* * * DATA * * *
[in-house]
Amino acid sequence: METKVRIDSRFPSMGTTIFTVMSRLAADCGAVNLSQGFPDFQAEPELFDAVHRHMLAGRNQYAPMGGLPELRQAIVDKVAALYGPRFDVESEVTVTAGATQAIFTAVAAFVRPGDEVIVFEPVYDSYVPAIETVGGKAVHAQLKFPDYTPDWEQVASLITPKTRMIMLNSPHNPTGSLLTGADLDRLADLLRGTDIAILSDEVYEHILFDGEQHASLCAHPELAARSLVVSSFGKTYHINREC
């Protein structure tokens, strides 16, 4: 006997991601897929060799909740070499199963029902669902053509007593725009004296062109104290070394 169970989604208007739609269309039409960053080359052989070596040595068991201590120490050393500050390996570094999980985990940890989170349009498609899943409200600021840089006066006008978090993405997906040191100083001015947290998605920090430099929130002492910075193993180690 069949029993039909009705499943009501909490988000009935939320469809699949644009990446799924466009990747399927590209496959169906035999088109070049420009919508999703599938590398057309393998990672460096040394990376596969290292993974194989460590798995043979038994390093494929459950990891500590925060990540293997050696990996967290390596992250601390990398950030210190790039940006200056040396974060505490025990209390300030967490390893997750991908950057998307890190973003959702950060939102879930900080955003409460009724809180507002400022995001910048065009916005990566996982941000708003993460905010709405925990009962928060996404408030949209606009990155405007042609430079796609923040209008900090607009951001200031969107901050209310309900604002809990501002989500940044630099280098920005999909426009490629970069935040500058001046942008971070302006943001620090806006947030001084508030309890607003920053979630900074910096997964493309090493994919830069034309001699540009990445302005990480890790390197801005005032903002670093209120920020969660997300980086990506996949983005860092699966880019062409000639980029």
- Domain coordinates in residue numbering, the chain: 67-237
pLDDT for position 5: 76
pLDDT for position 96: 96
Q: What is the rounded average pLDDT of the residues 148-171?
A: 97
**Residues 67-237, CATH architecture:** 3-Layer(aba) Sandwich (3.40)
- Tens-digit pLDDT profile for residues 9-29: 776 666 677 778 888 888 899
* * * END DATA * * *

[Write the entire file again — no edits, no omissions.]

[in-house]
Amino acid sequence: METKVRIDSRFPSMGTTIFTVMSRLAADCGAVNLSQGFPDFQAEPELFDAVHRHMLAGRNQYAPMGGLPELRQAIVDKVAALYGPRFDVESEVTVTAGATQAIFTAVAAFVRPGDEVIVFEPVYDSYVPAIETVGGKAVHAQLKFPDYTPDWEQVASLITPKTRMIMLNSPHNPTGSLLTGADLDRLADLLRGTDIAILSDEVYEHILFDGEQHASLCAHPELAARSLVVSSFGKTYHINREC
């Protein structure tokens, strides 16, 4: 006997991601897929060799909740070499199963029902669902053509007593725009004296062109104290070394 169970989604208007739609269309039409960053080359052989070596040595068991201590120490050393500050390996570094999980985990940890989170349009498609899943409200600021840089006066006008978090993405997906040191100083001015947290998605920090430099929130002492910075193993180690 069949029993039909009705499943009501909490988000009935939320469809699949644009990446799924466009990747399927590209496959169906035999088109070049420009919508999703599938590398057309393998990672460096040394990376596969290292993974194989460590798995043979038994390093494929459950990891500590925060990540293997050696990996967290390596992250601390990398950030210190790039940006200056040396974060505490025990209390300030967490390893997750991908950057998307890190973003959702950060939102879930900080955003409460009724809180507002400022995001910048065009916005990566996982941000708003993460905010709405925990009962928060996404408030949209606009990155405007042609430079796609923040209008900090607009951001200031969107901050209310309900604002809990501002989500940044630099280098920005999909426009490629970069935040500058001046942008971070302006943001620090806006947030001084508030309890607003920053979630900074910096997964493309090493994919830069034309001699540009990445302005990480890790390197801005005032903002670093209120920020969660997300980086990506996949983005860092699966880019062409000639980029």
- Domain coordinates in residue numbering, the chain: 67-237
pLDDT for position 5: 76
pLDDT for position 96: 96
Q: What is the rounded average pLDDT of the residues 148-171?
A: 97
**Residues 67-237, CATH architecture:** 3-Layer(aba) Sandwich (3.40)
- Tens-digit pLDDT profile for residues 9-29: 776 666 677 778 888 888 899